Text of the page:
Common Food Misconceptions

It seems everyone is looking to either lose weight or eat healthier but with all of the different packaging schemes going on, it can be hard to decipher what is healthy and what is not. For more information on Wellness it is a good idea to consult with health professional Brian Torchin. Let’s take a look at some of the common food misconceptions that you might encounter on your next trip to the grocery store:

Granola
Granola can be really healthy for you since it is made with oats and it is a whole grain. These factors are true but many of the store bought granolas that you will find are made with a ton of unnecessary sugar and often cooked with butter or oil. Your best bet is to make your own healthy version at home or you can opt for a more plain variety in the store.

Juicing
When you run your fruits and veggies through a juicer you are eliminating all of the fiber that is included in it. This can cause a more rapid spike in your blood sugar and insulin levels. While it can be a form of gentle detoxing or a way to get all of your nutrients in, juicing should only include a few fruits or veggies at a time to reap the most benefits.

Yogurt
Again, yogurt can be very beneficial because of the cultures that are included which help maintain a healthy digestive tract. Unfortunately, most of the yogurts you will find in stores have crazy amounts of sugar in them. Stick with a plain variety and add your own honey or fruit.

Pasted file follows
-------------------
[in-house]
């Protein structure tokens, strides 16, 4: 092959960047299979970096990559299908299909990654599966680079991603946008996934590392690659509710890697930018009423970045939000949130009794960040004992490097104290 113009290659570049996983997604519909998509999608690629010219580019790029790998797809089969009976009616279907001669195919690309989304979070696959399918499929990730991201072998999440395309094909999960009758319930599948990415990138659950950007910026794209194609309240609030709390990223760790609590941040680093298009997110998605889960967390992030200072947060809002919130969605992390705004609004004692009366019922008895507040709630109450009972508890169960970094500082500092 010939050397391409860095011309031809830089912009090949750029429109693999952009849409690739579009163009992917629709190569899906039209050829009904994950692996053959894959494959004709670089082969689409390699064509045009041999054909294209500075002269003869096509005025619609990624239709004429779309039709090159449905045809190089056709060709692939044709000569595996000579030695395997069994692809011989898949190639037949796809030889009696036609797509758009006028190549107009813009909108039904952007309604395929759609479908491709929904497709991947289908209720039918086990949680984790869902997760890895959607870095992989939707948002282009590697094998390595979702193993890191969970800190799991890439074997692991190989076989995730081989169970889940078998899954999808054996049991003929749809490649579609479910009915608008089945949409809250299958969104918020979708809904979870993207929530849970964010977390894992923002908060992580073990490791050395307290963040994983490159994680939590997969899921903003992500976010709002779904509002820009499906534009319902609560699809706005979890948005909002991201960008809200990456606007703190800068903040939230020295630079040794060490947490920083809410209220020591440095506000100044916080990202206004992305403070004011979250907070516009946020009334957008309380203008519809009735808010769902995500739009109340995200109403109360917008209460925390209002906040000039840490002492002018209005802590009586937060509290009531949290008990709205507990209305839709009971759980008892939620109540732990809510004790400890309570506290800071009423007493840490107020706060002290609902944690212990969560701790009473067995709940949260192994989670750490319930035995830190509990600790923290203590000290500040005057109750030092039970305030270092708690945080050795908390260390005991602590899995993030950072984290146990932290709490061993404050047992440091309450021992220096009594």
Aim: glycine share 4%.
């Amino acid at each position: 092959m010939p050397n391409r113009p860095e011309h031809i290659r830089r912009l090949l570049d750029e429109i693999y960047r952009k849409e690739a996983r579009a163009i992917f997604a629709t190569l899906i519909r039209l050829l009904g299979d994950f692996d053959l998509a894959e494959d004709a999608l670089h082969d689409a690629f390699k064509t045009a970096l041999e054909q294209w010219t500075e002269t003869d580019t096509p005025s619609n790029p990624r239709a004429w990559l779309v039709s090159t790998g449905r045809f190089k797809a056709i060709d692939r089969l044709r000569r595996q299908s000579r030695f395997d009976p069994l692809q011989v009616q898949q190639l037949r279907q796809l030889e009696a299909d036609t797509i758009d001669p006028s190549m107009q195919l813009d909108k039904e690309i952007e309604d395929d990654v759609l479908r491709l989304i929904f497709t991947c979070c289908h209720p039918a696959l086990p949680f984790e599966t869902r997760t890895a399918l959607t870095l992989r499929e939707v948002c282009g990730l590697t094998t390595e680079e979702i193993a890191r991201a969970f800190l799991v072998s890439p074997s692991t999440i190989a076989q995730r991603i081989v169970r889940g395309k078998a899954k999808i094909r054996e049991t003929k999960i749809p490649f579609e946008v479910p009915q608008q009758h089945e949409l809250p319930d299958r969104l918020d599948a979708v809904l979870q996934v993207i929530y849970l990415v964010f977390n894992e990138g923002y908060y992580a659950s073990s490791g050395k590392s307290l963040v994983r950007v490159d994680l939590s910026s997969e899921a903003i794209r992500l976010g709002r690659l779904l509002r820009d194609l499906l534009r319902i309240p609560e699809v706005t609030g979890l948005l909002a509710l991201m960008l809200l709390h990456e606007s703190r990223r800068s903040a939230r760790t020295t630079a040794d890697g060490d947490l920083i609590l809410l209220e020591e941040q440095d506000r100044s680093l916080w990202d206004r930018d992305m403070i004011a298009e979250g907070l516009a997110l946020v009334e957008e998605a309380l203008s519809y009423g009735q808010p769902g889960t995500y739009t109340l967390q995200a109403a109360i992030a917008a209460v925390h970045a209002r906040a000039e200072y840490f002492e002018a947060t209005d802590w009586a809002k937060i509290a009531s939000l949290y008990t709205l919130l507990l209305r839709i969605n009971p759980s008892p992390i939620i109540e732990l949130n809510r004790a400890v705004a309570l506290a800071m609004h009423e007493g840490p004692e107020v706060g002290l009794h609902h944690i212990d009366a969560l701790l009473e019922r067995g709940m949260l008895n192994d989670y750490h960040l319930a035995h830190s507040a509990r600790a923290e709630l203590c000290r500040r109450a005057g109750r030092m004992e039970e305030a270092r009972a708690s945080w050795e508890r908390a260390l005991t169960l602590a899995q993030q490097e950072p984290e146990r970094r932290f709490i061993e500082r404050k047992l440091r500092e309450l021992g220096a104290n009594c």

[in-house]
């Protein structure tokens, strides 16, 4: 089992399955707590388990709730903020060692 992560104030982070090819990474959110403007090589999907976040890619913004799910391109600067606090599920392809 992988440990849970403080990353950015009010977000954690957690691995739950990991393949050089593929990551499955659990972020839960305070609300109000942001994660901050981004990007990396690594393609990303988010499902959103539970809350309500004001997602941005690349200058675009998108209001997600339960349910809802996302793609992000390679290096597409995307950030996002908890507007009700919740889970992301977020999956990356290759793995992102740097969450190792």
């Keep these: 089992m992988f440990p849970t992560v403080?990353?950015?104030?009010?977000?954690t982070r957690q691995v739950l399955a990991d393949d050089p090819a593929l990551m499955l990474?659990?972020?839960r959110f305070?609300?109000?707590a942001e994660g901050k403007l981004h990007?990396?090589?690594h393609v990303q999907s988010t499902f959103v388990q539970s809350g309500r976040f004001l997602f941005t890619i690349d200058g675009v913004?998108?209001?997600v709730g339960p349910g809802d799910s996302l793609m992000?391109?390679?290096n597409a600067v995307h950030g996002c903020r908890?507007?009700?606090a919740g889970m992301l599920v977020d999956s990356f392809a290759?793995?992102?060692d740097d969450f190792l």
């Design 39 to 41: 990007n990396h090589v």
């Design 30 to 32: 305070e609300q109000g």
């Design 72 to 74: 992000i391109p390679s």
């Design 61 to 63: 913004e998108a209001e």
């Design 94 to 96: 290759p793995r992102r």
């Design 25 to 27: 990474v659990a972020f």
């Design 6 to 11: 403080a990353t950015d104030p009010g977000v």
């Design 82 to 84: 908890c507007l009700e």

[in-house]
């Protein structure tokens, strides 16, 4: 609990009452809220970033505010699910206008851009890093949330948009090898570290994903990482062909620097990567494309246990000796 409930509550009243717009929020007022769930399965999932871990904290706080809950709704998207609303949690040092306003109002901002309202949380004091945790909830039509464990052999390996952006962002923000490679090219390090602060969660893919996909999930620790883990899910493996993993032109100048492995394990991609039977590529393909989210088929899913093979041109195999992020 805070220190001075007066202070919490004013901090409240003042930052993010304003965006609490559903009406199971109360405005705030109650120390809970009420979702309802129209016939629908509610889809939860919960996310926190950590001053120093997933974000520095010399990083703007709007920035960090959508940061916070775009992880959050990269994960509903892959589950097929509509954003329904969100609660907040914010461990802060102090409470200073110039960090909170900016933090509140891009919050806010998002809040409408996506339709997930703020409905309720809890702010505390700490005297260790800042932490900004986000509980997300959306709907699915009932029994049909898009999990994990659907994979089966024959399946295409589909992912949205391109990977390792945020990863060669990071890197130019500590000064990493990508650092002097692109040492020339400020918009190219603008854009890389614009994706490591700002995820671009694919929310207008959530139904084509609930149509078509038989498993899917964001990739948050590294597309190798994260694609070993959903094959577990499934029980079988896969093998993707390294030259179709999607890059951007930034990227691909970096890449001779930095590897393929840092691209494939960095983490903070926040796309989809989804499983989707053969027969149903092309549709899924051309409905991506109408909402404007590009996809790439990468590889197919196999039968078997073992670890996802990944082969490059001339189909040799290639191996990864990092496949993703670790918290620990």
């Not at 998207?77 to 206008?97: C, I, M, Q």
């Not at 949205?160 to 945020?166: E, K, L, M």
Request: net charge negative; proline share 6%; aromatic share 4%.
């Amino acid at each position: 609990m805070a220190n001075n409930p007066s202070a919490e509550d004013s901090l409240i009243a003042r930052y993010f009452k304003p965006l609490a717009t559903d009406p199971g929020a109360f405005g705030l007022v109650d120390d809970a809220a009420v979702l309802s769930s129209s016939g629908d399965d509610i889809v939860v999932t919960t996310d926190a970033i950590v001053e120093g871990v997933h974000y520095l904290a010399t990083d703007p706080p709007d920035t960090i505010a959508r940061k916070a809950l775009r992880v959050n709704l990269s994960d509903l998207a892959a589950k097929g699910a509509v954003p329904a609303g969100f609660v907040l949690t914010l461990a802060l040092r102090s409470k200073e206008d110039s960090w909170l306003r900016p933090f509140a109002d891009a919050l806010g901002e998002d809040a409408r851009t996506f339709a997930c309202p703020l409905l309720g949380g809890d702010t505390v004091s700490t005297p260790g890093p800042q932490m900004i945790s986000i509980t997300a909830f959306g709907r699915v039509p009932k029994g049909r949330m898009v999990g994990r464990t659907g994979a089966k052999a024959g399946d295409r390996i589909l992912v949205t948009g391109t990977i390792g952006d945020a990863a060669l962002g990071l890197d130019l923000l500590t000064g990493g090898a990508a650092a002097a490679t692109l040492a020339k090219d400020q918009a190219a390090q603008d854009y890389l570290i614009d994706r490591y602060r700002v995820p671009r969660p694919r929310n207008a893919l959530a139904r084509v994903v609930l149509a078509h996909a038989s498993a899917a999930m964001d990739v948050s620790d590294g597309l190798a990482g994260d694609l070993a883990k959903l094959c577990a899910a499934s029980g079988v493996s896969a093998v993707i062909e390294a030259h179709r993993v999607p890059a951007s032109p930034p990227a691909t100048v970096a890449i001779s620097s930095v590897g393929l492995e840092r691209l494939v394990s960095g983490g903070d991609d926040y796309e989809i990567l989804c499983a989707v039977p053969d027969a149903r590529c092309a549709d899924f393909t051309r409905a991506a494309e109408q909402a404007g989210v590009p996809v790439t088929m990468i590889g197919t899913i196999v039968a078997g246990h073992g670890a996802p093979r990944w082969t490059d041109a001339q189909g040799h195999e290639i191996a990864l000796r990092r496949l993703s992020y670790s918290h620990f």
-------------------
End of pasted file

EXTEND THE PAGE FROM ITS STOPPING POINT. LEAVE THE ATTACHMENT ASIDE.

The ‘Just Right’ Amount of Exercise

Too little, too much, too slow, too fast, always the word ‘too’ in front of what we think is the right amount of exercise. The experts can’t seem to agree on the best workout time for our health and longevity, so how are we supposed to know? Recent research, which compared the health and longevity of several groups of people who exercised for differing amounts of time, may finally give us the right answer.

We are aware of the importance of regular exercise and know that if we’re couch potatoes we may shave a few years off of our expected lifespan. Dino said that by the same token, we consider athletes who rigorous exercise for hours each week would have tremendously increased lifespans. Not exactly.

People who exercise for 10 hours or more each week don’t increase their lifespan any further than a person who exercises an hour and a half each week. An hour and a half, which translates into 3 – 30 minute workouts each week does increase the projected lifespan by 31%. That is the lowest recommended time for exercise by most experts and every little bit helps improve health and longevity, but exercise is not one of those things where if a little is good, a whole lot is better.

The research discovered that the ‘just right’ amount of exercise is slightly over an hour per day, 450 minutes total for the week. That sweet spot of exercise increases the lifespan by a projected 39%.